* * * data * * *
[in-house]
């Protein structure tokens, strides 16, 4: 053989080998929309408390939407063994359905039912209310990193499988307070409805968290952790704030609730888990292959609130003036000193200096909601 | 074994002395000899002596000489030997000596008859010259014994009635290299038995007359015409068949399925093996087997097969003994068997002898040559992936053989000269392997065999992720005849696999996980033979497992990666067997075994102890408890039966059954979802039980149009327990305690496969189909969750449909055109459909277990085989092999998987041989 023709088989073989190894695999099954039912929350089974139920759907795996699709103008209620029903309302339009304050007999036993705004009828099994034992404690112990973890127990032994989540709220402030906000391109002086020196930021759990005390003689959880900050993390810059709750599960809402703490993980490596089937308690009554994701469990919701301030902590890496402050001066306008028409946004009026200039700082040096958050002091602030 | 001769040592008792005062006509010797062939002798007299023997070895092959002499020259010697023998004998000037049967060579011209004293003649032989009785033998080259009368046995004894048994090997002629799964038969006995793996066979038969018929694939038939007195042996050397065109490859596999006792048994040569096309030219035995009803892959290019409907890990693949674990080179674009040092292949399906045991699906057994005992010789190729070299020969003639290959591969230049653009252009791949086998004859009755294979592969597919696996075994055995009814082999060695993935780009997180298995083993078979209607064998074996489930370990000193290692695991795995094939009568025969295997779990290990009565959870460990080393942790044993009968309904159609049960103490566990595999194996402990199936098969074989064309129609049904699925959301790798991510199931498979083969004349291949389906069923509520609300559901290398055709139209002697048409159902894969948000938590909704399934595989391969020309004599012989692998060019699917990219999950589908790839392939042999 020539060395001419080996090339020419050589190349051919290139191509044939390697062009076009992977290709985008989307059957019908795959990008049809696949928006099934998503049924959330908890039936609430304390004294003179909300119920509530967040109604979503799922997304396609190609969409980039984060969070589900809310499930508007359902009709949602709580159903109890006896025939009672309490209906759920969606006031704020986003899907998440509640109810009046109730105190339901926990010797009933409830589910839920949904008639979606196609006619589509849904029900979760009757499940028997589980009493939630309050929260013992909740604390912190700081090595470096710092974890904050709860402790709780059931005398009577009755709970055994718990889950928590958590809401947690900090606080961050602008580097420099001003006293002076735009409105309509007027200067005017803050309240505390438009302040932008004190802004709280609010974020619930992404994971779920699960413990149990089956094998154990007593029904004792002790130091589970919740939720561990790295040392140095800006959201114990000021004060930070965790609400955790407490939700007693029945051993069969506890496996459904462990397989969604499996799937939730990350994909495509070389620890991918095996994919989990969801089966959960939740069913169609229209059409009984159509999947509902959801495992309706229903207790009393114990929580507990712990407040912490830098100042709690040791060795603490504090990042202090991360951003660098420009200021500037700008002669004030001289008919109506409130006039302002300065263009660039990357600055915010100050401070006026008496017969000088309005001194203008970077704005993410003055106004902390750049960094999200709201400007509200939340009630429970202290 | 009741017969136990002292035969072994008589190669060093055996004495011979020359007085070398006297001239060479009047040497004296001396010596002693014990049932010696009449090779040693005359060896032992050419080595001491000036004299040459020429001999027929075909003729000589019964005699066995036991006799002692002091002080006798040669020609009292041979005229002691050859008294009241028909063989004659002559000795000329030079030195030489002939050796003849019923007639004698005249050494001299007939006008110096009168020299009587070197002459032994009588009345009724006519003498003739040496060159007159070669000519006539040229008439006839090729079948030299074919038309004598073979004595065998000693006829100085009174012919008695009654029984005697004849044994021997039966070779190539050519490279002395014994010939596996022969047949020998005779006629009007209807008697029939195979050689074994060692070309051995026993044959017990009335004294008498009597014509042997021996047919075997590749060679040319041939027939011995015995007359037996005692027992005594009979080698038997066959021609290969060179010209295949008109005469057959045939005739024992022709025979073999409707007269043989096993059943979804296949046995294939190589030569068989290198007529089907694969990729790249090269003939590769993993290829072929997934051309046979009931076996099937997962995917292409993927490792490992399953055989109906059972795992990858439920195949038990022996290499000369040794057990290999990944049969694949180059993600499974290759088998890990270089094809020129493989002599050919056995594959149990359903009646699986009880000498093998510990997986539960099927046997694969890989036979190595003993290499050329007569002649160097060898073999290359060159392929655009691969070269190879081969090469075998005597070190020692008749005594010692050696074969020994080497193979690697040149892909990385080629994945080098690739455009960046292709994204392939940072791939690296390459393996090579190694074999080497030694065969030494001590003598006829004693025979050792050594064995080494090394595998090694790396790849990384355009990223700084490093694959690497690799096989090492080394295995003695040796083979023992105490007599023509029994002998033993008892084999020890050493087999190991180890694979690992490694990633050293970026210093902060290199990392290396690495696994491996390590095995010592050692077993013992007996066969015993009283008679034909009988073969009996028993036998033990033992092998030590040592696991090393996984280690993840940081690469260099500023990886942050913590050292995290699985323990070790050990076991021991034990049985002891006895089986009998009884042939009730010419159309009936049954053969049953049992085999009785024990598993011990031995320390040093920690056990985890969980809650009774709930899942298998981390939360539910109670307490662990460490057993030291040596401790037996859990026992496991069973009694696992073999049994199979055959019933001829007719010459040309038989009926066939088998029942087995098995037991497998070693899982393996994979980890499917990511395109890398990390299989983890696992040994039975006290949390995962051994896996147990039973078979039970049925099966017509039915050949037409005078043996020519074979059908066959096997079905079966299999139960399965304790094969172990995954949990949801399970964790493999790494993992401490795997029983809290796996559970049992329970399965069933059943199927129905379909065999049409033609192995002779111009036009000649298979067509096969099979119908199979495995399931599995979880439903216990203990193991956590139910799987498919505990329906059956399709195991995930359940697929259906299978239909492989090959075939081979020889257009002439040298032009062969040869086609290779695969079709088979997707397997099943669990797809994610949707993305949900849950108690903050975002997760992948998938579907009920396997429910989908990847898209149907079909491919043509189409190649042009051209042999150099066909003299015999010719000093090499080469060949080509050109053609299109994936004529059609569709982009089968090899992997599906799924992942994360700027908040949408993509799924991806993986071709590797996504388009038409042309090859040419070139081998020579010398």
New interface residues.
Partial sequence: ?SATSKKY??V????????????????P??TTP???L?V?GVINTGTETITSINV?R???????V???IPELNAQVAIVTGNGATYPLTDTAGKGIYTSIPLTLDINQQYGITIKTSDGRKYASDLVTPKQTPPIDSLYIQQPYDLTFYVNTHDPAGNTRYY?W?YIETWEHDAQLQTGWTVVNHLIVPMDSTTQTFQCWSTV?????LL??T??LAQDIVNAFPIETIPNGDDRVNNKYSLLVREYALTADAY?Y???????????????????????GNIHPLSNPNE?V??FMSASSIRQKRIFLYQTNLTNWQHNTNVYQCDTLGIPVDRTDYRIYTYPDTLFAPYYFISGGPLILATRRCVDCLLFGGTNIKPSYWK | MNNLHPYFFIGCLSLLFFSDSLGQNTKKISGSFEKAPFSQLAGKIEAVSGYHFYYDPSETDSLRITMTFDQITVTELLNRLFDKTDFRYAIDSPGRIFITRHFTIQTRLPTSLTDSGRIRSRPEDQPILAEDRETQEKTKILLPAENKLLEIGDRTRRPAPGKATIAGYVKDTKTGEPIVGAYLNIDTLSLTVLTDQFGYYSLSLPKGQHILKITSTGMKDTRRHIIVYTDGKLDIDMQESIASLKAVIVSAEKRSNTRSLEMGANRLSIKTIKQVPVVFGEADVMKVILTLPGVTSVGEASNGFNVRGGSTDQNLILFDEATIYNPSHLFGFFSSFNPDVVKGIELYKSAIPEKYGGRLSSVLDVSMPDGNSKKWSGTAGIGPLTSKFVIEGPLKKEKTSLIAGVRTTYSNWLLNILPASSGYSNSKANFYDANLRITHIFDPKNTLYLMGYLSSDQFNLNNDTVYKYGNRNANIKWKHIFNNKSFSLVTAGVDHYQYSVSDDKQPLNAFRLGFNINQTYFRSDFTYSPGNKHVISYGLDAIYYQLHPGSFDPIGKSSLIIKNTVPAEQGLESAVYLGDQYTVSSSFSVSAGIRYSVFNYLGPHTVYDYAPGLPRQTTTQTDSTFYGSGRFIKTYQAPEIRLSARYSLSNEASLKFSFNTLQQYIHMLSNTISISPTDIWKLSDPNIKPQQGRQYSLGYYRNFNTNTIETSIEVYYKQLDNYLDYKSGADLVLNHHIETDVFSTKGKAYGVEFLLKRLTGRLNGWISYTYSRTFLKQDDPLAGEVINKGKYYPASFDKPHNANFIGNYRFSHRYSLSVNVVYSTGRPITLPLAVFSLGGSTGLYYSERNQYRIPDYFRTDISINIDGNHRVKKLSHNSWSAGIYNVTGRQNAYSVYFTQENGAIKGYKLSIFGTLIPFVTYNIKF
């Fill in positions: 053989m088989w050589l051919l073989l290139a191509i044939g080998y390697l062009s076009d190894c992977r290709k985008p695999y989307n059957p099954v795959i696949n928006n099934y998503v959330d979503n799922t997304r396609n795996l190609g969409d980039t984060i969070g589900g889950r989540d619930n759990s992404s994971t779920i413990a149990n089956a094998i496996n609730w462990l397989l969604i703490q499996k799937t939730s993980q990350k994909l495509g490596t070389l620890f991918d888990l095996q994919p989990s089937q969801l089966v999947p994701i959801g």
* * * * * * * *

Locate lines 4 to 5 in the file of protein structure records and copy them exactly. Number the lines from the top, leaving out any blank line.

Partial sequence: ?SATSKKY??V????????????????P??TTP???L?V?GVINTGTETITSINV?R???????V???IPELNAQVAIVTGNGATYPLTDTAGKGIYTSIPLTLDINQQYGITIKTSDGRKYASDLVTPKQTPPIDSLYIQQPYDLTFYVNTHDPAGNTRYY?W?YIETWEHDAQLQTGWTVVNHLIVPMDSTTQTFQCWSTV?????LL??T??LAQDIVNAFPIETIPNGDDRVNNKYSLLVREYALTADAY?Y???????????????????????GNIHPLSNPNE?V??FMSASSIRQKRIFLYQTNLTNWQHNTNVYQCDTLGIPVDRTDYRIYTYPDTLFAPYYFISGGPLILATRRCVDCLLFGGTNIKPSYWK | MNNLHPYFFIGCLSLLFFSDSLGQNTKKISGSFEKAPFSQLAGKIEAVSGYHFYYDPSETDSLRITMTFDQITVTELLNRLFDKTDFRYAIDSPGRIFITRHFTIQTRLPTSLTDSGRIRSRPEDQPILAEDRETQEKTKILLPAENKLLEIGDRTRRPAPGKATIAGYVKDTKTGEPIVGAYLNIDTLSLTVLTDQFGYYSLSLPKGQHILKITSTGMKDTRRHIIVYTDGKLDIDMQESIASLKAVIVSAEKRSNTRSLEMGANRLSIKTIKQVPVVFGEADVMKVILTLPGVTSVGEASNGFNVRGGSTDQNLILFDEATIYNPSHLFGFFSSFNPDVVKGIELYKSAIPEKYGGRLSSVLDVSMPDGNSKKWSGTAGIGPLTSKFVIEGPLKKEKTSLIAGVRTTYSNWLLNILPASSGYSNSKANFYDANLRITHIFDPKNTLYLMGYLSSDQFNLNNDTVYKYGNRNANIKWKHIFNNKSFSLVTAGVDHYQYSVSDDKQPLNAFRLGFNINQTYFRSDFTYSPGNKHVISYGLDAIYYQLHPGSFDPIGKSSLIIKNTVPAEQGLESAVYLGDQYTVSSSFSVSAGIRYSVFNYLGPHTVYDYAPGLPRQTTTQTDSTFYGSGRFIKTYQAPEIRLSARYSLSNEASLKFSFNTLQQYIHMLSNTISISPTDIWKLSDPNIKPQQGRQYSLGYYRNFNTNTIETSIEVYYKQLDNYLDYKSGADLVLNHHIETDVFSTKGKAYGVEFLLKRLTGRLNGWISYTYSRTFLKQDDPLAGEVINKGKYYPASFDKPHNANFIGNYRFSHRYSLSVNVVYSTGRPITLPLAVFSLGGSTGLYYSERNQYRIPDYFRTDISINIDGNHRVKKLSHNSWSAGIYNVTGRQNAYSVYFTQENGAIKGYKLSIFGTLIPFVTYNIKF
């Fill in positions: 053989m088989w050589l051919l073989l290139a191509i044939g080998y390697l062009s076009d190894c992977r290709k985008p695999y989307n059957p099954v795959i696949n928006n099934y998503v959330d979503n799922t997304r396609n795996l190609g969409d980039t984060i969070g589900g889950r989540d619930n759990s992404s994971t779920i413990a149990n089956a094998i496996n609730w462990l397989l969604i703490q499996k799937t939730s993980q990350k994909l495509g490596t070389l620890f991918d888990l095996q994919p989990s089937q969801l089966v999947p994701i959801g």